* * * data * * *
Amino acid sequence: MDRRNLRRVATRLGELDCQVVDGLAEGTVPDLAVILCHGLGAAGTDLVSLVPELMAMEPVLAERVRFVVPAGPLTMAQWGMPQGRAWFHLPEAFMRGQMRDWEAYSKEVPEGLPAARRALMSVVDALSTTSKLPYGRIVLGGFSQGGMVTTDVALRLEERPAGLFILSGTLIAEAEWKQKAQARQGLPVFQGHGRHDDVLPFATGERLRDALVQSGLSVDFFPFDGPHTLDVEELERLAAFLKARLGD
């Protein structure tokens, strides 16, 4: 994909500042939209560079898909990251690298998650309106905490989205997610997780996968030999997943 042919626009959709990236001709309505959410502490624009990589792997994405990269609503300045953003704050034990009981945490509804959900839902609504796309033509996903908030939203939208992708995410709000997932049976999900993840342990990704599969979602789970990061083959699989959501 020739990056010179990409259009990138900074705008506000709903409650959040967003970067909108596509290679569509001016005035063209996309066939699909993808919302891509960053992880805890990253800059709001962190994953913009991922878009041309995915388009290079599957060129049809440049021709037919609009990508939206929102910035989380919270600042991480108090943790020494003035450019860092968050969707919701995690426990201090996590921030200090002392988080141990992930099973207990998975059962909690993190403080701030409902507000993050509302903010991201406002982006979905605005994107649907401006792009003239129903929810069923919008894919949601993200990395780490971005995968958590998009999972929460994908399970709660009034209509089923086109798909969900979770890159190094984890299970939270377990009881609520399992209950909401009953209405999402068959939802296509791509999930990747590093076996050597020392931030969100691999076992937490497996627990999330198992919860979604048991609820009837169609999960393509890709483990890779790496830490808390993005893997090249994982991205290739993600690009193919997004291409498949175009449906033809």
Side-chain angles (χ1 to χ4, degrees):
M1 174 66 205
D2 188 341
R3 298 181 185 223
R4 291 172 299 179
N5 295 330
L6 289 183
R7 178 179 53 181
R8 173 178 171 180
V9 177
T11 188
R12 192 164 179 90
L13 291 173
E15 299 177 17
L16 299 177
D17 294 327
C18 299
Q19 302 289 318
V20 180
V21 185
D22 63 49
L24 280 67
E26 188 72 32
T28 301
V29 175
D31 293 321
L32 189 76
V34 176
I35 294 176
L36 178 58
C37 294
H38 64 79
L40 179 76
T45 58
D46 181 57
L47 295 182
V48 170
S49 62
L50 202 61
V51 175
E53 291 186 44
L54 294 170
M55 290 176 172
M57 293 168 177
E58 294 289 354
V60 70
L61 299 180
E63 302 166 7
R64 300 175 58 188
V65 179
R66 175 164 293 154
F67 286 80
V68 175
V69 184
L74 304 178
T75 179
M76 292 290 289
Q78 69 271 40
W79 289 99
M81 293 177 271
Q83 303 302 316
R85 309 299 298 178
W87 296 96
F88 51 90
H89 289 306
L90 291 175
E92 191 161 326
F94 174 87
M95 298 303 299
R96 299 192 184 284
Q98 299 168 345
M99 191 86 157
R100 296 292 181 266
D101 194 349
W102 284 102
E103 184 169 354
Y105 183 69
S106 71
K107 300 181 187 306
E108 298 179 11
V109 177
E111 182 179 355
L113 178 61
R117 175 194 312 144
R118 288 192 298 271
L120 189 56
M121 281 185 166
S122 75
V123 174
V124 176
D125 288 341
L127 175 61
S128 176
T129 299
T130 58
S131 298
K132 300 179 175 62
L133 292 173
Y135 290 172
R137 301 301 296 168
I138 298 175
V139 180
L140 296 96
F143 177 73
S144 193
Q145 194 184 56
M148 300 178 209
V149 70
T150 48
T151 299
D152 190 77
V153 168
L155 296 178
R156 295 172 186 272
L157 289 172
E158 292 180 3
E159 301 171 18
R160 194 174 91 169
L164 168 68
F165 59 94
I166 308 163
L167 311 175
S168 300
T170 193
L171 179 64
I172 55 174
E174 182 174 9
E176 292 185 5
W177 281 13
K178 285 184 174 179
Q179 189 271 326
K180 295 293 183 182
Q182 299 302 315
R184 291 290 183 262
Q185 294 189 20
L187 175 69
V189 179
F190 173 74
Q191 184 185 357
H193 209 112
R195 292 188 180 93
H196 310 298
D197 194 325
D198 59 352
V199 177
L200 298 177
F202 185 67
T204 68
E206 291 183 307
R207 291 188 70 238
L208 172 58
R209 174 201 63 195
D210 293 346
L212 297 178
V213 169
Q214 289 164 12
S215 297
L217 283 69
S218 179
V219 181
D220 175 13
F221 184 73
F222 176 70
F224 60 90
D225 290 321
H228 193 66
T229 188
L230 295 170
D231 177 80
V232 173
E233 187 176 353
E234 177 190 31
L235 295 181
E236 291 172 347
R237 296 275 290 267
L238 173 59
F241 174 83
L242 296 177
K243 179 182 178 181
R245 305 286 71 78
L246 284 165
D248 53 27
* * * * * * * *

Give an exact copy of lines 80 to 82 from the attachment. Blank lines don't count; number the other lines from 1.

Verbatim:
S106 71
K107 300 181 187 306
E108 298 179 11